In Patricio Guzman’s arresting documentary Nostalgia for the Light, a telling comparison is drawn between the practice of astronomy and the process of remembering. In the case of Chile’s Atacama desert, where most of this film is set, astronomers gaze at the stars trying to figure out the past, while the enduring relatives of ‘the disappeared’ – long lost victims of Augusto Pinochet’s regime – dig forlornly in the desert in the hope of uncovering the splintered bones of their loved ones. One past is searched for, while the country does its best to forget the other.
This is a personal, enlightening, political film, and one that isn’t to afraid to sometimes step back and let its beautifully composed imagery do the talking for it. At other times Guzman’s interviewees give us candid accounts of what they’re doing out in the desert, backing up the film’s thematic considerations and lending it a real emotional core. It starts off slowly, establishing its visual themes, before allowing its human heart to emerge. In one scene late on, when the two converge, there is a real sense of release.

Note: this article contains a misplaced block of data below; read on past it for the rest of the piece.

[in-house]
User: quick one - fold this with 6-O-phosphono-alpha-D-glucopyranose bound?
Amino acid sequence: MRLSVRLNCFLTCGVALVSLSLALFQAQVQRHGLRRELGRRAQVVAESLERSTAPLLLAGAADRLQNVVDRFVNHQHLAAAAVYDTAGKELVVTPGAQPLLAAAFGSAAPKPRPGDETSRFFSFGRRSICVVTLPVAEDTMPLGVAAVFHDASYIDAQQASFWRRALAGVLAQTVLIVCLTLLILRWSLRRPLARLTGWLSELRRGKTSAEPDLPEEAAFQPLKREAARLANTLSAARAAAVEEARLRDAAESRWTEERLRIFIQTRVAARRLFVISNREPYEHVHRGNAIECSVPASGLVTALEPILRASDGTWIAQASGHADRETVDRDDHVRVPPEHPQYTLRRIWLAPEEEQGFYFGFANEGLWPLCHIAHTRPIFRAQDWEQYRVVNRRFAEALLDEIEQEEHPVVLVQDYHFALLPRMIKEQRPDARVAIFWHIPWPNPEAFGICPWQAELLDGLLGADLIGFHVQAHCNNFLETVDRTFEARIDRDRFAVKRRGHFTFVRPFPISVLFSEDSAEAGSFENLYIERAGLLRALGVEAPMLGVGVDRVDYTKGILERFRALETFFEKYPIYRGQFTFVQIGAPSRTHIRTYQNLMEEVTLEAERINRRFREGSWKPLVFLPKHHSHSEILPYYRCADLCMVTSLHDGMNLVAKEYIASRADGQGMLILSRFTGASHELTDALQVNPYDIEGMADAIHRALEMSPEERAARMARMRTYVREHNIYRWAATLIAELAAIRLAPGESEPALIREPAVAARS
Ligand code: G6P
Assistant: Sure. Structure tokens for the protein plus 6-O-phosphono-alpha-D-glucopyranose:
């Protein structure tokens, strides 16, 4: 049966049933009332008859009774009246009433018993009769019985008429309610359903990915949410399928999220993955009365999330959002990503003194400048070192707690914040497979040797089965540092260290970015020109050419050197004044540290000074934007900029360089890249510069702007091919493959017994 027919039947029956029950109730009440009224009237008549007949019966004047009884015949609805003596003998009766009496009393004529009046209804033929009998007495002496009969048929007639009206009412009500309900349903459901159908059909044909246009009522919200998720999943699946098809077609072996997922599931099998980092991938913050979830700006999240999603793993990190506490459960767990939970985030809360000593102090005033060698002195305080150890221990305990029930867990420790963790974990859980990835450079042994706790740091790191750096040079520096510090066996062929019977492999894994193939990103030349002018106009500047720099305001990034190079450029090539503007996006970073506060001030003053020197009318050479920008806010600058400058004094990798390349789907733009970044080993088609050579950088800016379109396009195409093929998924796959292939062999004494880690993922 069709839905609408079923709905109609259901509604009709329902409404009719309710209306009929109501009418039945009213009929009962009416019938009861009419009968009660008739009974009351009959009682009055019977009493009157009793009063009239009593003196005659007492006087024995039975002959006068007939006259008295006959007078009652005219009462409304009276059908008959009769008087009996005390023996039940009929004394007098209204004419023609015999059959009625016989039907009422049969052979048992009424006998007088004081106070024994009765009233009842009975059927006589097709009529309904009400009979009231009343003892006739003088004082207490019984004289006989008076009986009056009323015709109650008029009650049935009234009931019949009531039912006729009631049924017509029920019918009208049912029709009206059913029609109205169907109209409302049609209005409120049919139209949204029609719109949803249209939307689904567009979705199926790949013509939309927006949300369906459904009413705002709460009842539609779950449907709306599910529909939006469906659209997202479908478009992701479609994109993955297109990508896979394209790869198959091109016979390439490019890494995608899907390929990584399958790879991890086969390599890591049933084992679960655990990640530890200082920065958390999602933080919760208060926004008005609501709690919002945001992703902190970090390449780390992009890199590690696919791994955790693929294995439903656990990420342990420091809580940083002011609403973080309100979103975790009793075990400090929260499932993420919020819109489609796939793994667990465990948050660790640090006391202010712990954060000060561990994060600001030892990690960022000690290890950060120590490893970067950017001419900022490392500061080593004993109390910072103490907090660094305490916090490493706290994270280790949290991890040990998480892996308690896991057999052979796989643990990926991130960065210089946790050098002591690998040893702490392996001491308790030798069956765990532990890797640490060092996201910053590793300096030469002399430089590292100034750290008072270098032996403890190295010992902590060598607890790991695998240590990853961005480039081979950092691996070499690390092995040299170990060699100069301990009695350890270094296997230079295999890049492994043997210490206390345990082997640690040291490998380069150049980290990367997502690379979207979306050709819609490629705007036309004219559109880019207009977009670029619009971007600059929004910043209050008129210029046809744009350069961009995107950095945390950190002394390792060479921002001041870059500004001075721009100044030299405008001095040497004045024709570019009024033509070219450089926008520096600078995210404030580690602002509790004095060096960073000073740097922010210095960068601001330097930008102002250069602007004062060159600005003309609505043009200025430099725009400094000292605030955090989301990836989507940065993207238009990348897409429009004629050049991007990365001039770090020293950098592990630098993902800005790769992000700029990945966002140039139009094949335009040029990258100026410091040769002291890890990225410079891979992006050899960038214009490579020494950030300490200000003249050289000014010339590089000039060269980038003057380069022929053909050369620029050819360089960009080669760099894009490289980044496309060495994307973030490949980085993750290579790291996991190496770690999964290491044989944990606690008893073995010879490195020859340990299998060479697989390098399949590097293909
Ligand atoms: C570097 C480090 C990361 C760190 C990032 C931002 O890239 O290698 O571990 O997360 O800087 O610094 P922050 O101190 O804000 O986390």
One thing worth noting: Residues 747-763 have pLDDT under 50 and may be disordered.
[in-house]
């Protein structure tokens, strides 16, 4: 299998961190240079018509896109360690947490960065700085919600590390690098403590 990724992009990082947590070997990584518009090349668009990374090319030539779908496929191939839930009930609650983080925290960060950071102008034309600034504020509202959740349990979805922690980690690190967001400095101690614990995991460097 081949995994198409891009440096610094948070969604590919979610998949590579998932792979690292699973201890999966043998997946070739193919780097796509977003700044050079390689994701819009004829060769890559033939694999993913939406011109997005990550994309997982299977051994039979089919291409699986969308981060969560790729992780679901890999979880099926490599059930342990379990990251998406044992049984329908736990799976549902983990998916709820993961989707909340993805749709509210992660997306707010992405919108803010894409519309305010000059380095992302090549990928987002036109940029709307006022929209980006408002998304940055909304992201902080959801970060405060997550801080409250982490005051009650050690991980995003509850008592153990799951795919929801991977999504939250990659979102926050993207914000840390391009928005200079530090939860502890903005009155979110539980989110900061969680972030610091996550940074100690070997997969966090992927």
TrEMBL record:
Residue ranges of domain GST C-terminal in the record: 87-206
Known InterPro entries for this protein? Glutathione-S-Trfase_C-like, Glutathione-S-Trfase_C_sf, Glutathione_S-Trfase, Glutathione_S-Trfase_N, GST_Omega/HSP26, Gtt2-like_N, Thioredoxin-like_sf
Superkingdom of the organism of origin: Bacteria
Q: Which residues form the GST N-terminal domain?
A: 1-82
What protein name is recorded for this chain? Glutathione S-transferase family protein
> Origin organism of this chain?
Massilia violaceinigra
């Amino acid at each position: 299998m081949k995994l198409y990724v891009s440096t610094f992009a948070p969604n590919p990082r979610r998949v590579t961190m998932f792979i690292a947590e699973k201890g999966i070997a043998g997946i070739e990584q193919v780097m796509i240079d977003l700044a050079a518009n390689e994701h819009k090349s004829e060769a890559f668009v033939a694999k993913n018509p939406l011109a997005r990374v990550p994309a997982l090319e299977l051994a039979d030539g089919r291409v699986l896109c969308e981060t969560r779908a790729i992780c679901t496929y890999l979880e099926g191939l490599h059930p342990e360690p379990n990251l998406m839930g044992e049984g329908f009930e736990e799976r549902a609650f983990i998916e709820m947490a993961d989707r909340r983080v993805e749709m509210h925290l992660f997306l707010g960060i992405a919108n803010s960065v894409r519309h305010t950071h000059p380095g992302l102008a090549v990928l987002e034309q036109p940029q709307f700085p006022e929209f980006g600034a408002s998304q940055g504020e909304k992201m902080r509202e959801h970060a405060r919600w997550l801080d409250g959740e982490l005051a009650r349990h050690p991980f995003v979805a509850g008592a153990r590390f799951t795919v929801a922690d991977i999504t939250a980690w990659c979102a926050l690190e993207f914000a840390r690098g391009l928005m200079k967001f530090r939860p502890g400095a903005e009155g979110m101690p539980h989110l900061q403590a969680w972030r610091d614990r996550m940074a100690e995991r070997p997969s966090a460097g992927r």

The political message of the film is strong but also understated; Guzman isn’t interested in giving us a history lesson. We see the after effects of Chile’s recent past in real terms – in the lives of those who live in its shadow, and do not fully understand it. The vast expanse of the world’s driest place – captured here in all its arid intensity – makes for a fascinating and eerie backdrop.